costard


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cos·tard

 (kŏs′tərd)
n.
1. An English variety of large cooking apple.
2. Archaic The human head.

[Middle English, from Old North French, possibly from coste, rib (from its ribbed appearance), from Latin costa; see kost- in Indo-European roots.]

costard

(ˈkʌstəd)
n
1. (Plants) an English variety of apple tree
2. (Plants) the large ribbed apple of this tree
3. archaic jocular a slang word for head
[C14: from Anglo-Norman, from Old French coste rib]

cos•tard

(ˈkɒs tərd, ˈkɔ stərd)

n.
1. a large English variety of apple.
2. Archaic. the head.
[1250–1300; Middle English]
References in periodicals archive ?
Main, as Costard, and far left, in action for St Helens
Si sa silhouette rachitique - bien que classement moulee dans un chic costard bleu - resiste tant bien que mal aux vicissitudes de l'age, sa legendaire voix, par contre, n'a pas pris une seule ride
Depuis sa prison, depuis la rotissoire, il avait entrevu un homme chauve dodu a lunettes et costard cravate, s'interesser a l'aspect appetissant de ses freres et lui.
uk BEST OF THE BEST DIRECTED by German filmmaker Hellmuth Costard in 1971, Football as Never Before (PG, 105 mins) is a remarkable film of George Best playing in a First Division game for Manchester United against Coventry City in September, 1970.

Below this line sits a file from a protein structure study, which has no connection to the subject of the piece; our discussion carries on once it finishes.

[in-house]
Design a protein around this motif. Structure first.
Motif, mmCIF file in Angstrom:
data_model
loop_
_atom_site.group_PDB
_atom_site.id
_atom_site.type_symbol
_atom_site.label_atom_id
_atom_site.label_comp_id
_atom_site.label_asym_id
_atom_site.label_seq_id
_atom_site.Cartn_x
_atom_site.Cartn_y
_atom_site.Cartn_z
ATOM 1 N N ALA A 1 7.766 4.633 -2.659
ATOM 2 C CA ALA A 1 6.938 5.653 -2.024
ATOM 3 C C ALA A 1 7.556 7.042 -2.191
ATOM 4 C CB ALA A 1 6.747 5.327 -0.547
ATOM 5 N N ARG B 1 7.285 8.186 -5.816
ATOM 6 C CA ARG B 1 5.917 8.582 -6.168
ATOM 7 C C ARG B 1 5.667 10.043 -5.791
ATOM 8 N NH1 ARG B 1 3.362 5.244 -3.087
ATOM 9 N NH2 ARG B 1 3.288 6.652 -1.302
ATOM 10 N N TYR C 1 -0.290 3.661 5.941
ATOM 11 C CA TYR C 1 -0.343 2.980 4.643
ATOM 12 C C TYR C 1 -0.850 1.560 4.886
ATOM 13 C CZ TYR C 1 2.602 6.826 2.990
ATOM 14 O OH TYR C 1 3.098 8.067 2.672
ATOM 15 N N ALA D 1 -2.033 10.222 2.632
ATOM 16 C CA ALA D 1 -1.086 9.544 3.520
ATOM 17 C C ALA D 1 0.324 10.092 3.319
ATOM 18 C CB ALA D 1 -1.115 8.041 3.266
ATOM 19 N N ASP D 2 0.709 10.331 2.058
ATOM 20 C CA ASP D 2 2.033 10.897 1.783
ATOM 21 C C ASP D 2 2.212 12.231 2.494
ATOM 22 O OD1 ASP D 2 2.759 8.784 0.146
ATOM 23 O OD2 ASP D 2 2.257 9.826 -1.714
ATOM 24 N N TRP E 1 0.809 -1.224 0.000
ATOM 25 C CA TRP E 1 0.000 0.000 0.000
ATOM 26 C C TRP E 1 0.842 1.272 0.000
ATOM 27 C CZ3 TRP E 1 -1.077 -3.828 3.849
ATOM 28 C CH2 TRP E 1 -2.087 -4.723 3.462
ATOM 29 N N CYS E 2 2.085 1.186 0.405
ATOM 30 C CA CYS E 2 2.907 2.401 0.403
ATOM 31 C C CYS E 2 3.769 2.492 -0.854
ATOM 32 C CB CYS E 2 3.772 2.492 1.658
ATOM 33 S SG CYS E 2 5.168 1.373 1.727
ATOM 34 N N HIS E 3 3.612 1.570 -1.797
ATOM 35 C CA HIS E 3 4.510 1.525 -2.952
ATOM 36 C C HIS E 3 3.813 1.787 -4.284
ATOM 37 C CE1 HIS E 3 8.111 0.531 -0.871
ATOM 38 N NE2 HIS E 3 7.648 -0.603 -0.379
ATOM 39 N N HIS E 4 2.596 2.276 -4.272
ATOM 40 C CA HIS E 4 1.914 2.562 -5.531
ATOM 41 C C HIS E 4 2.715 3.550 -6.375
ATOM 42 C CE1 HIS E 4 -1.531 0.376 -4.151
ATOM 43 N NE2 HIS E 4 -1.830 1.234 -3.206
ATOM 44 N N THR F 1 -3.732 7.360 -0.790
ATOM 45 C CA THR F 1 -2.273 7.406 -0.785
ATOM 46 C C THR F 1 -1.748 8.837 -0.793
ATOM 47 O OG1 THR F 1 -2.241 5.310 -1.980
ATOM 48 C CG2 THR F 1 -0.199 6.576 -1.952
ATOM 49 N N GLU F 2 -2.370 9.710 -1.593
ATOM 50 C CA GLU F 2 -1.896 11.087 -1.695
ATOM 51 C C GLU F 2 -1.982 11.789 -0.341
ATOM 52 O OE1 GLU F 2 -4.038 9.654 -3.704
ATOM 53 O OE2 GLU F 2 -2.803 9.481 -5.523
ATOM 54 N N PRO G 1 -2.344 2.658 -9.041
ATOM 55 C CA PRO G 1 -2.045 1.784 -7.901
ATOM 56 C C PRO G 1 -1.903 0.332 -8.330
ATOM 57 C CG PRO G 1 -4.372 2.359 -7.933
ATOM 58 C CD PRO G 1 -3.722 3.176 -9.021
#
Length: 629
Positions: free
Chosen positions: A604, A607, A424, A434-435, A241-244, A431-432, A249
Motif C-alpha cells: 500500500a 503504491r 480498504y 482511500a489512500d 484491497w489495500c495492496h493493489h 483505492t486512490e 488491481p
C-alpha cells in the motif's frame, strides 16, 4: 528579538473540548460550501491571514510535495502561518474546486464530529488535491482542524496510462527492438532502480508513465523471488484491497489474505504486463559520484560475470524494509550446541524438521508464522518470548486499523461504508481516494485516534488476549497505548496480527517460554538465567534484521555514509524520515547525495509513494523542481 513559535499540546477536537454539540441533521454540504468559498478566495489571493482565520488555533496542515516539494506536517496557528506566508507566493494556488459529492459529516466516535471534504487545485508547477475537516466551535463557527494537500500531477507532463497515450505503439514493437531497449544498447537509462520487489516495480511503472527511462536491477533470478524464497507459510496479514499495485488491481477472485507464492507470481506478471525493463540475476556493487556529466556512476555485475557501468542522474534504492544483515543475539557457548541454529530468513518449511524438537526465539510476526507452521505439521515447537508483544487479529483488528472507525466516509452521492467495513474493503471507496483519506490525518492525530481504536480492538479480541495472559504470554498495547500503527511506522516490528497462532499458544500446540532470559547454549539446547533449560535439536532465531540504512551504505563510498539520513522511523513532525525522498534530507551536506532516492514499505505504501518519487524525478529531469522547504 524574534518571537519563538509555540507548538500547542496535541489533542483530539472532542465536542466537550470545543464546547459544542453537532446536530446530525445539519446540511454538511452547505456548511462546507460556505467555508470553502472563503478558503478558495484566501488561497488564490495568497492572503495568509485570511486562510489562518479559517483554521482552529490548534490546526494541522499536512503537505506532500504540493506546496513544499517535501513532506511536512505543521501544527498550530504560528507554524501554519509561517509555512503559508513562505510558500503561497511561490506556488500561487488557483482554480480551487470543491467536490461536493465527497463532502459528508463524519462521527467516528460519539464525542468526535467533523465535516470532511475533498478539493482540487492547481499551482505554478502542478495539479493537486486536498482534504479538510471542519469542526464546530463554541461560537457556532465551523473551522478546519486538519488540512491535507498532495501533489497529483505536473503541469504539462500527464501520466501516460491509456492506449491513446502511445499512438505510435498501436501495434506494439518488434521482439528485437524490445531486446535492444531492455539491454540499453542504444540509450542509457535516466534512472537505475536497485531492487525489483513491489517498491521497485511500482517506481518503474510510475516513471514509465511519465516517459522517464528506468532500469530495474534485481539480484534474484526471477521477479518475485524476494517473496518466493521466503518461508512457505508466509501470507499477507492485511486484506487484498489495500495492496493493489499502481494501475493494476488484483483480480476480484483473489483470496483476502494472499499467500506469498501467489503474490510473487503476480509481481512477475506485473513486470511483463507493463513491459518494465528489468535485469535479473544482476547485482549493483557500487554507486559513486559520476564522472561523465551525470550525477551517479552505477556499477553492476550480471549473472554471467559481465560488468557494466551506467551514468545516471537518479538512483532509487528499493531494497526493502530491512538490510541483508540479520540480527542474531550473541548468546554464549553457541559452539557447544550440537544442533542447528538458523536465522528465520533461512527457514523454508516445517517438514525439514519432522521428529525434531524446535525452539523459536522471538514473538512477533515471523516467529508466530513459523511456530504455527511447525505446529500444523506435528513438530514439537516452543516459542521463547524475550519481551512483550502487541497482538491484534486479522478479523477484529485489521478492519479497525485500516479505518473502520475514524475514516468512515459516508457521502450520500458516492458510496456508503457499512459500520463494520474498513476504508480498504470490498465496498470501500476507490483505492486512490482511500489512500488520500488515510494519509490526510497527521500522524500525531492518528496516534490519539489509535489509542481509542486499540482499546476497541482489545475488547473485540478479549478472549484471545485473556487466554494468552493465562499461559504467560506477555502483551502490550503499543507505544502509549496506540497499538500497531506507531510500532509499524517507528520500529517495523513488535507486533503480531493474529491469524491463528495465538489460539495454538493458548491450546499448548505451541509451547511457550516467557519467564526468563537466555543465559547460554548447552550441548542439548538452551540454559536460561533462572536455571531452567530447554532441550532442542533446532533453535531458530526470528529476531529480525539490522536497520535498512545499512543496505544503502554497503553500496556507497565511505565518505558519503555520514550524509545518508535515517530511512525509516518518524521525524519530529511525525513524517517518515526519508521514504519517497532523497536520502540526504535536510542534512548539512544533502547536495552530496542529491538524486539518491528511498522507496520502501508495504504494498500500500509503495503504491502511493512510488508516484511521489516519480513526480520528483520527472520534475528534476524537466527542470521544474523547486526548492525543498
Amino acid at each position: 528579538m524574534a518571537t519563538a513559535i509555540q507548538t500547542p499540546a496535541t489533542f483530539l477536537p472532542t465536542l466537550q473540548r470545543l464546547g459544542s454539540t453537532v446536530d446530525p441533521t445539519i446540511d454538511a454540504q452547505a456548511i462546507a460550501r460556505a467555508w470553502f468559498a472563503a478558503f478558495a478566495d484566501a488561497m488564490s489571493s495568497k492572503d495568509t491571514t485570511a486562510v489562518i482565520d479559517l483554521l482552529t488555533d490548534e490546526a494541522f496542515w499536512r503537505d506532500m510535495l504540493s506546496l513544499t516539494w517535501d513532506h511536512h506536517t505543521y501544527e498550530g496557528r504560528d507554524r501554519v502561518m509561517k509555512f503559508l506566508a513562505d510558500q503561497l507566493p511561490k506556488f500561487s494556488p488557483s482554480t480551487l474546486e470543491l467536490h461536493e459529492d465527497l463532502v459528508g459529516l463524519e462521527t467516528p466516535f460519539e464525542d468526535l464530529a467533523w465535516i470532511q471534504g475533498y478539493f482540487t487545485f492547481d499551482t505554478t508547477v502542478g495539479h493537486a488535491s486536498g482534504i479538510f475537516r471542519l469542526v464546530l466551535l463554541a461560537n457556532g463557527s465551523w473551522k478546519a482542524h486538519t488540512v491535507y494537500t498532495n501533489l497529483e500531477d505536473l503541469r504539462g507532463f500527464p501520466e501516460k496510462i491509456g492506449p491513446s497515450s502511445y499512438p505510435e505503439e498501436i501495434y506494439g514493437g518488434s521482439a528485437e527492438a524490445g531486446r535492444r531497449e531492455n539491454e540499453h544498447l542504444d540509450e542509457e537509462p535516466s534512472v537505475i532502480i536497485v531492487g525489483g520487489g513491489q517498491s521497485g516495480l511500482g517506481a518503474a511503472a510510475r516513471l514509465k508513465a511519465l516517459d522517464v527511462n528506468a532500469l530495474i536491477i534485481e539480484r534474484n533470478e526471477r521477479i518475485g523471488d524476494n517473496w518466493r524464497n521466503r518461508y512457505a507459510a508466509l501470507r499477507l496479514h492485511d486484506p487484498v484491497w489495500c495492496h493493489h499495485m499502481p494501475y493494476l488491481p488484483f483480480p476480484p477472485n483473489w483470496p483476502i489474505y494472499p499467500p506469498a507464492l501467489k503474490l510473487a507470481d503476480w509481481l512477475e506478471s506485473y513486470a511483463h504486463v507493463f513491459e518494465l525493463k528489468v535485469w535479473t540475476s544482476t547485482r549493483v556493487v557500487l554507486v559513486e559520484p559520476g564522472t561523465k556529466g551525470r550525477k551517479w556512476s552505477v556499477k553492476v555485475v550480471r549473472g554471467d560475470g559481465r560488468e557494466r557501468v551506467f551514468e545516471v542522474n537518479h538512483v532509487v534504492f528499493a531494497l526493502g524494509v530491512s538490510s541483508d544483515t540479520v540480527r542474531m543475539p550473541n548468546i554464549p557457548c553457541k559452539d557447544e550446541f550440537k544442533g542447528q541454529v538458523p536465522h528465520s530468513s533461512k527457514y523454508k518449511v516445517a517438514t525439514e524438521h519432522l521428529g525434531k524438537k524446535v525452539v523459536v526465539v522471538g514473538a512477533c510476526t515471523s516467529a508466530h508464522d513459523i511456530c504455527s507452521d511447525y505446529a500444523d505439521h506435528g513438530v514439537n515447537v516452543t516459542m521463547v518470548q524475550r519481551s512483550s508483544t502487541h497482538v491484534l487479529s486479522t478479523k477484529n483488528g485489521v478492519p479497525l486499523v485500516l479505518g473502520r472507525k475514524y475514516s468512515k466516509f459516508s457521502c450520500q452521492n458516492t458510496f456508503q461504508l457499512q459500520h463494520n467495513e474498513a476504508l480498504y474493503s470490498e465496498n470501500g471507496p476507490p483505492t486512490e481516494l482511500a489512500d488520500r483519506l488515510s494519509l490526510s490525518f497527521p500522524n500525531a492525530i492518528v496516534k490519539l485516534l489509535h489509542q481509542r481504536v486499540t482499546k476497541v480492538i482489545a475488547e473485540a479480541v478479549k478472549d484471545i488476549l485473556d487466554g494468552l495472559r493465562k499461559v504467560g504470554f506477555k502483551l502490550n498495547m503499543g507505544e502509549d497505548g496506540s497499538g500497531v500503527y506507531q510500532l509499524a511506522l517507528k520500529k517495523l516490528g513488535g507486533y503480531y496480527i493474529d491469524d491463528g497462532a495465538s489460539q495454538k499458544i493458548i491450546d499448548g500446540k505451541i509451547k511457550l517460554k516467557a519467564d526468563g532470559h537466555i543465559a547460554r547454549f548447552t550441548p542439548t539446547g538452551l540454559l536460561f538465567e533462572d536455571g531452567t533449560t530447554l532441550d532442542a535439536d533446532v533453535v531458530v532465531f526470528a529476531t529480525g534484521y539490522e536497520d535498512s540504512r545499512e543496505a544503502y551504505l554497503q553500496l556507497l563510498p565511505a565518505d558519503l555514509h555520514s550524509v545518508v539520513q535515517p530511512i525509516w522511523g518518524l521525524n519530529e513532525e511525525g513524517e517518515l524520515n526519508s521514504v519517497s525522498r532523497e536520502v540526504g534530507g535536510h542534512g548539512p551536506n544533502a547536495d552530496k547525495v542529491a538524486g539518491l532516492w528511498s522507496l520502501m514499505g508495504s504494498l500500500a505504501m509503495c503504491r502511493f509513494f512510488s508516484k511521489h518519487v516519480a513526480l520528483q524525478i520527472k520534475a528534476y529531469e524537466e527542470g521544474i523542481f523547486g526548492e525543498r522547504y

Eppure in quell'eta un'opera di Lancillotti fu tradotta in francese con un titolo ben piu combattivo di quello originale, Les impostures de l'histoire ancienne et profane; ouvrages necessaire aux jeunes gens, aux instituteur, & generalement a toutes les personnes qui veulent lire l'histoire avec fruit (Parigi: Costard, 1770) che traduce i Farfalloni, facendone un potente manifesto contro le "imposture" degli antichi e presentandolo come un libro sul quale i giovani dovrebbero apprendere come leggere gli storici classici.
You would miss a lot of laughter, especially at Ray Porter, whose comic timing is awesome in playing Costard, the country bumpkin who learns the gentle art of wordplay from the better educated nobility, and often outdoes them at their own game.
Directed by the late German filmmaker Hellmuth Costard, it follows Bestie's every move during a match on September 12, 1970, as Man United beat Coventry 2-0.
The country gentleman Costard (Shakespeare) is sent by Armado (de Vere) to carry letters to Jaquenetta ("the author's muse").
Meanwhile, Costard is forced into servitude for Don Armado, (Robert Shampain), a silly knight also in love with Jaquenetta.
George Costard born; an English clergyman; wrote History of Astronomy, 1767.